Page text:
2. Misinterpreting, or failing to understand the applicability of, OFAC’s regulations.
  3. Facilitating transactions by non-U.S. persons (including by overseas subsidiaries or affiliates).
  4. Exporting or re-exporting U.S.-origin goods, technology or services to OFAC-sanctioned persons or countries.
  5. Utilizing the U.S. financial system for commercial transactions involving OFAC-sanctioned persons or countries.
  6. Sanctions screening software or filter problems.
  7. Improper due diligence on customers/clients (e.g., ownership, business dealings, etc.).
  8. Decentralized compliance functions and inconsistent application of an SCP.
  9. Utilizing nonstandard payment or commercial practices.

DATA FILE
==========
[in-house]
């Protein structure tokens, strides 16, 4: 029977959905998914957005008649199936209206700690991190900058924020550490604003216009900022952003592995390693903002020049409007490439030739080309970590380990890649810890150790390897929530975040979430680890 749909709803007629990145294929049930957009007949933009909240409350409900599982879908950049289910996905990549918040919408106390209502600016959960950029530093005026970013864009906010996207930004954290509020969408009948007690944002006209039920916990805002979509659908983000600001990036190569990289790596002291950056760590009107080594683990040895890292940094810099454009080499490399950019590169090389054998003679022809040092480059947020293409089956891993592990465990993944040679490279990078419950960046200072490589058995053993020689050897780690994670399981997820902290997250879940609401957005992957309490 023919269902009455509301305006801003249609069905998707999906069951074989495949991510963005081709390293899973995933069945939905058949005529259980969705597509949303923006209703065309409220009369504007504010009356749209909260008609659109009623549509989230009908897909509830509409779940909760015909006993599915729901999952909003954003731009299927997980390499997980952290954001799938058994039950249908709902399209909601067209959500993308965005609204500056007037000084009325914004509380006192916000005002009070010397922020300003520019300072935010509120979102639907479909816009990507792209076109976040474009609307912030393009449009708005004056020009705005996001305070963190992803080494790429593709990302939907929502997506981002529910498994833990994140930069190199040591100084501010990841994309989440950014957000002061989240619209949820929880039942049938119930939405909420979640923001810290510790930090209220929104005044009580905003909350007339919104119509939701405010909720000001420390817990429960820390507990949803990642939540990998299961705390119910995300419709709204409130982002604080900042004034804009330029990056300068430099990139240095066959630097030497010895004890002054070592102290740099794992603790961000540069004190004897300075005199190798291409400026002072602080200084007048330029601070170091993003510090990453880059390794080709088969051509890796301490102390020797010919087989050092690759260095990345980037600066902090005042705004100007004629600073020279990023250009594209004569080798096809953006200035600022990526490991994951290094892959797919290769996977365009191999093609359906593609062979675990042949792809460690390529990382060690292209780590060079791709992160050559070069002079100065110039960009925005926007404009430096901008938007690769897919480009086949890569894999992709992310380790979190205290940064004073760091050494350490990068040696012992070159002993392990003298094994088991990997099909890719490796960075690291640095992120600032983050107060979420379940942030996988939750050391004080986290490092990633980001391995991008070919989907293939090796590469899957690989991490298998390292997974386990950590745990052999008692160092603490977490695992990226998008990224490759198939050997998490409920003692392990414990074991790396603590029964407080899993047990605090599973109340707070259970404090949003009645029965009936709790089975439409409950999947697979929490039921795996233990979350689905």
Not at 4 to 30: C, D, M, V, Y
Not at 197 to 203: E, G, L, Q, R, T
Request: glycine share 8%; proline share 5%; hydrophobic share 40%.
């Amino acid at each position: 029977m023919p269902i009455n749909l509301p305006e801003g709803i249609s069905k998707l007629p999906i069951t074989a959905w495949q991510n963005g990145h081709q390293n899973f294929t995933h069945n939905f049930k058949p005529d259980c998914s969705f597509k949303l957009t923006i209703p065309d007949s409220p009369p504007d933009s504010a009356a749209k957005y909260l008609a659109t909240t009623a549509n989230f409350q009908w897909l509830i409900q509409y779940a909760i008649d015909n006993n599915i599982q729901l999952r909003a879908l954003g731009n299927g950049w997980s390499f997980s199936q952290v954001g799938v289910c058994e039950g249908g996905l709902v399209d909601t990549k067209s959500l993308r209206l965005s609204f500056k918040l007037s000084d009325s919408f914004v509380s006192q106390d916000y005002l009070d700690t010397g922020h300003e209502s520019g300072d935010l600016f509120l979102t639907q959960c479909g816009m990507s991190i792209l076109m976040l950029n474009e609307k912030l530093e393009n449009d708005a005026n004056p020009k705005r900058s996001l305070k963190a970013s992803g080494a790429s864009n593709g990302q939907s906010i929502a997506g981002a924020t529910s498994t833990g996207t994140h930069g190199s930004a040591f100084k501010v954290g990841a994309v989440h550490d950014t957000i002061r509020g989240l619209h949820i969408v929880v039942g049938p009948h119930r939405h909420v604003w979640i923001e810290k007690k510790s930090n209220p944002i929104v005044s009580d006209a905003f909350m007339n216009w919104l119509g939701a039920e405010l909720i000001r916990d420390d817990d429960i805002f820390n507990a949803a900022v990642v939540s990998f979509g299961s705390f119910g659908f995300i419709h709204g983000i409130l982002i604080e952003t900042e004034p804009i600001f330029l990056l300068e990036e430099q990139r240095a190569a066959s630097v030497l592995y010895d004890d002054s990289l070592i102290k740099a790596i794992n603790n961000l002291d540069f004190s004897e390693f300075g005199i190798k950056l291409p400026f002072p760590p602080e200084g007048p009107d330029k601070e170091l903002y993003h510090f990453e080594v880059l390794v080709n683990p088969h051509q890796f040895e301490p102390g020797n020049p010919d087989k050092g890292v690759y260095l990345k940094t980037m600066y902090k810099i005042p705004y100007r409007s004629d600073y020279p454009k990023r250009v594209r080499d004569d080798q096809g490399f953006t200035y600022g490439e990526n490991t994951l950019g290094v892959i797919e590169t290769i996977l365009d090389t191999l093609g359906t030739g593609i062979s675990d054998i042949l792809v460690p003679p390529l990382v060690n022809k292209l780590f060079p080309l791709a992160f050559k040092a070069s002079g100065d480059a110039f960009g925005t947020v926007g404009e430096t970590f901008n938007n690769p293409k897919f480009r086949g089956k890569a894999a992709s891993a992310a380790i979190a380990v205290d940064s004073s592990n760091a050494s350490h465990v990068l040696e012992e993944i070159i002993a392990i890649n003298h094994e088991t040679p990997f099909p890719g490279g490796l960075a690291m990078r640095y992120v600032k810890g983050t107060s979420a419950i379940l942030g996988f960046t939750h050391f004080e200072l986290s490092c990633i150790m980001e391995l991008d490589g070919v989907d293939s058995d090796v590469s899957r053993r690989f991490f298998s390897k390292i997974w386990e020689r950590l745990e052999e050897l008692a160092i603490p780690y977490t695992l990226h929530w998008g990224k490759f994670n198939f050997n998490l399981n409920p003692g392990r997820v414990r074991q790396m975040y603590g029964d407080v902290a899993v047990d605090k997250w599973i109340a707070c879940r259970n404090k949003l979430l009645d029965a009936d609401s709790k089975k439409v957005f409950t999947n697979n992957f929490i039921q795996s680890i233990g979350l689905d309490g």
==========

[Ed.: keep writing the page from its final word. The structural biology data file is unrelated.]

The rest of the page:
10. Wrongdoing by key employees that may result in individual liability.


As noted, the OFAC Framework clearly establishes the agency’s expectations regarding an effective SCP. Given the importance that OFAC places on an effective SCP in its enforcement decisions, including the determination of the amount of any civil penalty, a company with international activities should consider whether its SCP meets OFAC’s standards and, if it does not, modify the SCP to satisfy OFAC’s requirements.

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DISCLAIMER: Because of the generality of this update, the information provided herein may not be applicable in all situations and should not be acted upon without specific legal advice based on particular situations.